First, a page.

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Ehrlich is wrong: Lower taxes don't spur growth or solve deficits

I read Robert L. Ehrlich Jr.'s column ("Obama economics: More government means more growth," June 20) with interest and disbelief. Well, not really.

But his comment at the end about the "left's dangerous love affair with ever-higher taxes" brought a smile to my face. Is Mr. Ehrlich not aware that President Barack Obama followed the Republicans' call for lower taxes to fix the problems left by his predecessor? Mr. Obama cut taxes over and over again to the point that we now have the lowest tax rate seen in the United States in more than 60 years! Not only that, but we have the lowest tax rate of any developed country in the world.

This does not seem to have solved the problems. But if we look back over the years and compare our tax rates and our economy we find that higher taxes have always seen higher employment. Why would this be? Perhaps because when you have the top 1 percent of the population making hundreds of times what the average middle class person makes, it's likely some of that excessive income can be put to better use such as creating jobs. When that happens, everyone gains.

The average American pays 30 percent of his income in taxes, but the average person in the top 2 percent pays 16 percent of his income in taxes while the really wealthy pay even less. Mitt Romney for example, paid just 12.8 percent on income of $21 million in 2010.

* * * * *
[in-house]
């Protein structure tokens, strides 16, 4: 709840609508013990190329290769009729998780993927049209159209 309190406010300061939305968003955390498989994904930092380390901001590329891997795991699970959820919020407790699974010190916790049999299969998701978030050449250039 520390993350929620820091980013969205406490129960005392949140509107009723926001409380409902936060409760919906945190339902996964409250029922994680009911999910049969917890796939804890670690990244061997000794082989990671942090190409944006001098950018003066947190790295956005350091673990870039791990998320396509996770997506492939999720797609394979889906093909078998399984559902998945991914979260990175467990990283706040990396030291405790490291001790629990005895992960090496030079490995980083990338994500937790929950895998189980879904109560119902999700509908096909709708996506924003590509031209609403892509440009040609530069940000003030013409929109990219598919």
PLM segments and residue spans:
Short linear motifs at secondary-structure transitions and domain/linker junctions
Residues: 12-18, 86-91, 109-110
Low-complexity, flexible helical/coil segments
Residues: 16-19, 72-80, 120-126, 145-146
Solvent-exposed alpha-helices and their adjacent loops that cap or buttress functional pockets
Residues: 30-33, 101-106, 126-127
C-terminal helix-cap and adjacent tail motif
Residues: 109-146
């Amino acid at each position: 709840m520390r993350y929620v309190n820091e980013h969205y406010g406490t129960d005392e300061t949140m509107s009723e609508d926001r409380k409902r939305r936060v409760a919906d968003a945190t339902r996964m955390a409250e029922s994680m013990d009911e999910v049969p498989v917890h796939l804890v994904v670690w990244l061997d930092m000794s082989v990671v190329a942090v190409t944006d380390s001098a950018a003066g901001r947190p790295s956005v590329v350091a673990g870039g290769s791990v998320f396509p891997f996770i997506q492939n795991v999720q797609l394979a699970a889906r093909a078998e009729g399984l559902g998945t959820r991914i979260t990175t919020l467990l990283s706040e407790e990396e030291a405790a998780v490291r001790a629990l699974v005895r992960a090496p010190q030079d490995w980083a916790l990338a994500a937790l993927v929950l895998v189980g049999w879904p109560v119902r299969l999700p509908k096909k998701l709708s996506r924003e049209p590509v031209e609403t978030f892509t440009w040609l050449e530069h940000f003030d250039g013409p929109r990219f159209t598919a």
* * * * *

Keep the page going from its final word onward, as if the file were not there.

This may be the only country in the world where the more money you make the lower your tax rate.

And we keep on hearing, from the right, Fox "News" and people like Rush Limbaugh that President Obama keeps raising our taxes when the truth is exactly the opposite. We have the lowest tax rate ever, here or anywhere. We don't even collect enough taxes to pay our basic expenses. We keep hearing "cut foreign aid" ( .1 percent of GNP), cut "government workers" (cut by more than 600,000 since Mr. Obama was elected), cut this, cut that. Putting aside military spending (greater than every other country's military spending — and most of them are our allies) and Social Security and Medicare, if we cut everything else to zero (roads, education, police, libraries, everything.), it would not come anywhere close to balancing the budget.

The answer is very simple. Yes, cut the military, Social Security and Medicare but also raise taxes on the rich (who would hardly notice it) and we would have enough money to put everyone to work which would bring in more taxes and we could balance the budget and pay off the debt.

So much easier than fighting and fighting among ourselves, which is raising the hate factor. And we would all be happier.

How about some kind of politics where we have no parties and instead, we vote for the person we think will do the best job. Then the people we vote for would vote for a leader and they would all vote for bills the way they think would be best for everyone and not how a political party tells them to vote. How simple is that? Too easy?

David Liddle

Copyright © 2015, The Baltimore Sun
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